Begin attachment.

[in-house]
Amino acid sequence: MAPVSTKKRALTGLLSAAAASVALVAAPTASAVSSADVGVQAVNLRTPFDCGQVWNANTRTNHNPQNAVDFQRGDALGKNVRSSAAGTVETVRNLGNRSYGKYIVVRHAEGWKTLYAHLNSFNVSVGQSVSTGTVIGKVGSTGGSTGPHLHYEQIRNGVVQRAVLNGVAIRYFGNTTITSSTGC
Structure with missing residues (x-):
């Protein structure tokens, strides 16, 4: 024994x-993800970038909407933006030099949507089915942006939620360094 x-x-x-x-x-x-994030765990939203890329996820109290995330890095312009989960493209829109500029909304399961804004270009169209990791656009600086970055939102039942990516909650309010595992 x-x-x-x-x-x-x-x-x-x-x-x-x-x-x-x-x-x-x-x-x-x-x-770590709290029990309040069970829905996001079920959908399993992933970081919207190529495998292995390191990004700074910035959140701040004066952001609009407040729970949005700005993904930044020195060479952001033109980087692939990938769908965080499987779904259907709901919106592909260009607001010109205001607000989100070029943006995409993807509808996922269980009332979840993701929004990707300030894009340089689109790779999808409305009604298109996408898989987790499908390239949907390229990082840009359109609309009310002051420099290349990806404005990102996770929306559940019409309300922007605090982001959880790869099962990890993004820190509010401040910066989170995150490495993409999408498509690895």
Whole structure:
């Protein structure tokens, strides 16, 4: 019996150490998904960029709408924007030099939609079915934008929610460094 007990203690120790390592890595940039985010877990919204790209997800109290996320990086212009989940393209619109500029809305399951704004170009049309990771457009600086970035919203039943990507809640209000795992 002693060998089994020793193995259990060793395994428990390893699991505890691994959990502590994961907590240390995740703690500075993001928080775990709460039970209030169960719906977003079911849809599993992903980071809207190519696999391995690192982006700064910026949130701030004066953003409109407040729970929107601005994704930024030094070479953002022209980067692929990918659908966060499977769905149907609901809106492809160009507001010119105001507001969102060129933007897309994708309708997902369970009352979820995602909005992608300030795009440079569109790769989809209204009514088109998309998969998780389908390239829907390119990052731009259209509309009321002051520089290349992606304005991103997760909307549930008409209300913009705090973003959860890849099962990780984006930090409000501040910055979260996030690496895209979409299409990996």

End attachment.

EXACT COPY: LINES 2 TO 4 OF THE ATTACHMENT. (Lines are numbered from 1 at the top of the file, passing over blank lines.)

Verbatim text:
Amino acid sequence: MAPVSTKKRALTGLLSAAAASVALVAAPTASAVSSADVGVQAVNLRTPFDCGQVWNANTRTNHNPQNAVDFQRGDALGKNVRSSAAGTVETVRNLGNRSYGKYIVVRHAEGWKTLYAHLNSFNVSVGQSVSTGTVIGKVGSTGGSTGPHLHYEQIRNGVVQRAVLNGVAIRYFGNTTITSSTGC
Structure with missing residues (x-):
């Protein structure tokens, strides 16, 4: 024994x-993800970038909407933006030099949507089915942006939620360094 x-x-x-x-x-x-994030765990939203890329996820109290995330890095312009989960493209829109500029909304399961804004270009169209990791656009600086970055939102039942990516909650309010595992 x-x-x-x-x-x-x-x-x-x-x-x-x-x-x-x-x-x-x-x-x-x-x-770590709290029990309040069970829905996001079920959908399993992933970081919207190529495998292995390191990004700074910035959140701040004066952001609009407040729970949005700005993904930044020195060479952001033109980087692939990938769908965080499987779904259907709901919106592909260009607001010109205001607000989100070029943006995409993807509808996922269980009332979840993701929004990707300030894009340089689109790779999808409305009604298109996408898989987790499908390239949907390229990082840009359109609309009310002051420099290349990806404005990102996770929306559940019409309300922007605090982001959880790869099962990890993004820190509010401040910066989170995150490495993409999408498509690895």